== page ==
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We'll Always Have Roswell... by Ernest Lilley
Review by Ernest Lilley
Date: 01 July 2007

Links: World UFO Day / Flickr UFO Sighting Images /

July Second is the official date of the 1947 "Roswell Incident" and is commemorated by National Flying Saucer Day. Though the expected invasion seems to have fizzled, the idea of alien visitors and glowing disks stays with us, even if "sightings" have fallen off in recent years. Like Schroedinger's Cat, they couldn't stand the persistence of vision, and by opening the lid on the box that hid them, we sent them back to the void.

In 1950's science fiction movies, it often turned out that common household items gave us the key to defeating swarms of giant mutant bugs, monsters from the depths, or alien invaders from the stars. So it is in real life.

Ironically, it was originally thought that the gadget in question would attract UFOs, but the reality, once Schroedinger's box actually got opened, was the other way around. What was the key to clearing the skies of silver platters? Massed array's of laser (pointers)? Focused beams of microwave (oven) energy? Subliminal programming of (i)Pod people? None of the above. The aliens were sent packing by digital photography.

If you do the math, I think you'll find that the disappearance of UFO sightings is pretty much the adoption curve for digital cameras turned upside down, and the thing of it is that when digital images first started coming out, the hue and cry was that we'd never be able to believe pictures again. No one predicted the opposite being the case.

In a world where recorded images are ubiquitous, the ability to check their validity across observers outweighs the malleable nature of the images.

But what really happened was that we all became experts at detecting fakery, merely by looking at thousands of photoshopped images of varying quality, and the novelty of the occasional grainy disk in the sky paled against the glorious bits of fakery done for it's sci-fi value, rather than to actually fool folks. Thanks to digital cameras, we got wise.

This should be interesting to anyone with a rational mindset, because the mechanism here applies equally well to a wide range of phenomenon, especially on the social front. With so many cameras around, if there aren't pictures of a reported phenomenon on the internet, it didn't happen. Show me one picture of an unlikely event and you'll get my interest, but if more pictures don't show up from disparate sources, I'll decide that it may have been clever, but it was probably only art.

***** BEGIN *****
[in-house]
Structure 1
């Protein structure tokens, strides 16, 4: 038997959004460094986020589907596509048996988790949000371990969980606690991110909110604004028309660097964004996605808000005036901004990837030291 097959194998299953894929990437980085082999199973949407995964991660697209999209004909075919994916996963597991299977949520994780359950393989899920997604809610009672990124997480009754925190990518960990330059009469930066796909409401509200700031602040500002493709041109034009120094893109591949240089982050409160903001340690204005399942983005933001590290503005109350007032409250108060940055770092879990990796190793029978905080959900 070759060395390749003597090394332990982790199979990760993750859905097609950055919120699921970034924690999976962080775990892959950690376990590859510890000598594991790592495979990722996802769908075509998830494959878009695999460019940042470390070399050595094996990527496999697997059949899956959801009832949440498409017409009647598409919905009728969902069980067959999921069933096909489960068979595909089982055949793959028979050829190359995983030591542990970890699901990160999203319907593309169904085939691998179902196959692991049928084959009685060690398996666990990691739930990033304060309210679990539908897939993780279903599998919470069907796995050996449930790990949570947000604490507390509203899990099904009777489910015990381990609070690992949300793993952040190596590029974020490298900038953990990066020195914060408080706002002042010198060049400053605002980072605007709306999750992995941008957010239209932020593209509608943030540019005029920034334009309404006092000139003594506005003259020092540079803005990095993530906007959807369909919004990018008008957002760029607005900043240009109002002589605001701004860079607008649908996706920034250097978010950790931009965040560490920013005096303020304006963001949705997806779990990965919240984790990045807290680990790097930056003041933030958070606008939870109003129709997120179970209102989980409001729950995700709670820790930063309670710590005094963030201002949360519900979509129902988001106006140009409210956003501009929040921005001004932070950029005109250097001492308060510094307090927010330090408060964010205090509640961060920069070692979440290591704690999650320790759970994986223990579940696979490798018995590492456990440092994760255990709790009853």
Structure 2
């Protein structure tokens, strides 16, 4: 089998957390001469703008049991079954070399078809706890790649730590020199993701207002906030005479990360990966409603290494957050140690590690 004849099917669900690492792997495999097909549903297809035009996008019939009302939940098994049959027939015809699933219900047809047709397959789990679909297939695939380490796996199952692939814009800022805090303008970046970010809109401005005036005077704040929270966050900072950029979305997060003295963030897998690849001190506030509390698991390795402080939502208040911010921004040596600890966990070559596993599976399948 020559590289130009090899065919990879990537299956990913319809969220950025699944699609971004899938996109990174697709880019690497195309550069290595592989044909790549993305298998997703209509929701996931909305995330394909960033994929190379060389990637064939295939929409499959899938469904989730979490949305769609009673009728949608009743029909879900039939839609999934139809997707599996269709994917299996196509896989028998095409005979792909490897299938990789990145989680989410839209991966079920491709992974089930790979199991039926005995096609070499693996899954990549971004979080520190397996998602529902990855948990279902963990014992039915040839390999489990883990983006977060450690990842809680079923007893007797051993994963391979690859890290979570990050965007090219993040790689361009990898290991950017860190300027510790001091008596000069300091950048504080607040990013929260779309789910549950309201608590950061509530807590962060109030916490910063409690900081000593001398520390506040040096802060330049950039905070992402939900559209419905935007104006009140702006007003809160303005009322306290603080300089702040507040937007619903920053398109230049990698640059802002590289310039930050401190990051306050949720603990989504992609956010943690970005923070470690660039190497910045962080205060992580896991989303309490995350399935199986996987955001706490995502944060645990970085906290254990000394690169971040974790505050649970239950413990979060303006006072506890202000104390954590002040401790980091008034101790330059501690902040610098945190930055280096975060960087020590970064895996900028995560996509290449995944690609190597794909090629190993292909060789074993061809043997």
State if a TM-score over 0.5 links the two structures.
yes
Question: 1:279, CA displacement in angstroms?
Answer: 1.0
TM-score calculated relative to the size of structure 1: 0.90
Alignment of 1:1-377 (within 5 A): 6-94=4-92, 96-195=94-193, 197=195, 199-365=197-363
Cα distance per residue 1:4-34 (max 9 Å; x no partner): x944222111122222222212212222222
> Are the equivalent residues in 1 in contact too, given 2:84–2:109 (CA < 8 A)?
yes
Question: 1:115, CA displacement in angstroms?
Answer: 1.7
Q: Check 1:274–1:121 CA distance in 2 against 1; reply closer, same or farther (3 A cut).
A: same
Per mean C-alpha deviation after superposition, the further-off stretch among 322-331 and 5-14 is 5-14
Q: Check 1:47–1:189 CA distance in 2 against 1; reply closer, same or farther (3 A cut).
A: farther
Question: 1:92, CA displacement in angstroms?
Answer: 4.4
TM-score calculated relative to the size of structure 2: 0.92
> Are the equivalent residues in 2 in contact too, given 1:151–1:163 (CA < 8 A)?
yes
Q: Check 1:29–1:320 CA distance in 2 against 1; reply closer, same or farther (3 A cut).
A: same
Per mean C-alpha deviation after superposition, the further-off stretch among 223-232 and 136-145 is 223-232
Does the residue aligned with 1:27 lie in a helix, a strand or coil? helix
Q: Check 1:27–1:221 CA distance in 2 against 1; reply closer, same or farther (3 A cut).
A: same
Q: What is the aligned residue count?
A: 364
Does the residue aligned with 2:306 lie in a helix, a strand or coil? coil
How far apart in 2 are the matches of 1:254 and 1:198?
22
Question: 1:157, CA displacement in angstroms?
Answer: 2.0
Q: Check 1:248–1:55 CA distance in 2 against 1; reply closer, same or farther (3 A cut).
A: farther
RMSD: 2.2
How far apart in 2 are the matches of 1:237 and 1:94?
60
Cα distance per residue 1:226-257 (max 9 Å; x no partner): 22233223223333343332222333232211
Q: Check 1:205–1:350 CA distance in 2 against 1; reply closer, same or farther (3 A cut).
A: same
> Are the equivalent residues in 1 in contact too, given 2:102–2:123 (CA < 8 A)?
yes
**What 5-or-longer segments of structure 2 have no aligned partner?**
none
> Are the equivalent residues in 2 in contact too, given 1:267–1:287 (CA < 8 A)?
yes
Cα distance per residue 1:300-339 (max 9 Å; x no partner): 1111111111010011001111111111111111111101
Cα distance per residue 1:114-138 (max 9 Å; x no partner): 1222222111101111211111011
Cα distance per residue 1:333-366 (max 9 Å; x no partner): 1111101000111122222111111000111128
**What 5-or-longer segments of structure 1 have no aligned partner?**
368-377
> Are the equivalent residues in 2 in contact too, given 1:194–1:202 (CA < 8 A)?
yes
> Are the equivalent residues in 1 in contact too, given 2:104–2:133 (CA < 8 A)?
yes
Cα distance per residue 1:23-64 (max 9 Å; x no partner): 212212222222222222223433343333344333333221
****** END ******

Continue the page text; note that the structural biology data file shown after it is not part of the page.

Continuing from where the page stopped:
Don't look now, but it's the return of the scientific method.

Sadly, the dream of aliens will no doubt fade from humanity as the generations before digital cameras age out of the system. In our minds reside the memory not just of grainy images of pie plates flung across a clouded sky, but the more important memory of not being sure what it was, and having no way to find out for ourselves. We knew that the truth was out there somewhere, but there was no way to tell when it was staring us in the face. That was both scary and wonderful, flip sides of the same feeling as we came to grips with new ideas.

Now, in the real, rather than the imagined future, our sense of wonder has been replaced with a cool exterior. We've grown accustomed to the bizarre, accepting three impossible things before breakfast, as it were. But we've also learned that everything has an element of fantasy in it, that our perceptions are not reality, and that we can choose our realities to a significant degree.

Including ones where aliens in flying saucers watch over us, good, bad, or indifferent to our human lives.

When I visited Roswell, NM several years ago, I stopped at the UFO museum and toured the exhibits. An oldish woman took the tickets and I struck up a conversation with her about believers and non-believers. She claimed that she could tell them apart on sight, so I decided to test her by asking what she thought I believed. When she told me I was a believer, I wondered if she could be right. I've always thought of myself as an interested skeptic...but the truth is probably more on her side than mine. Like Agent Fox Mulder, I want to believe, because I emotionally react to the idea of aliens strongly. Now, if you asked me if I thought aliens and UFOs were rational things to believe in, I'd say no. But all the same, when I drive down a dark country road, I occasionally feel the hair on the back of my neck stiffen and I glance skyward.

Digital images, the internet, and even science fiction movies have all sent the invaders from beyond the stars packing. That's too bad in a way, because they represented as much wonder as terror. But that's what growing up is all about, and besides, deep inside, some part of us is free to believe whatever it wants.

And we'll always have Roswell.

Ernest Lilley
Sr. Editor - SFRevu

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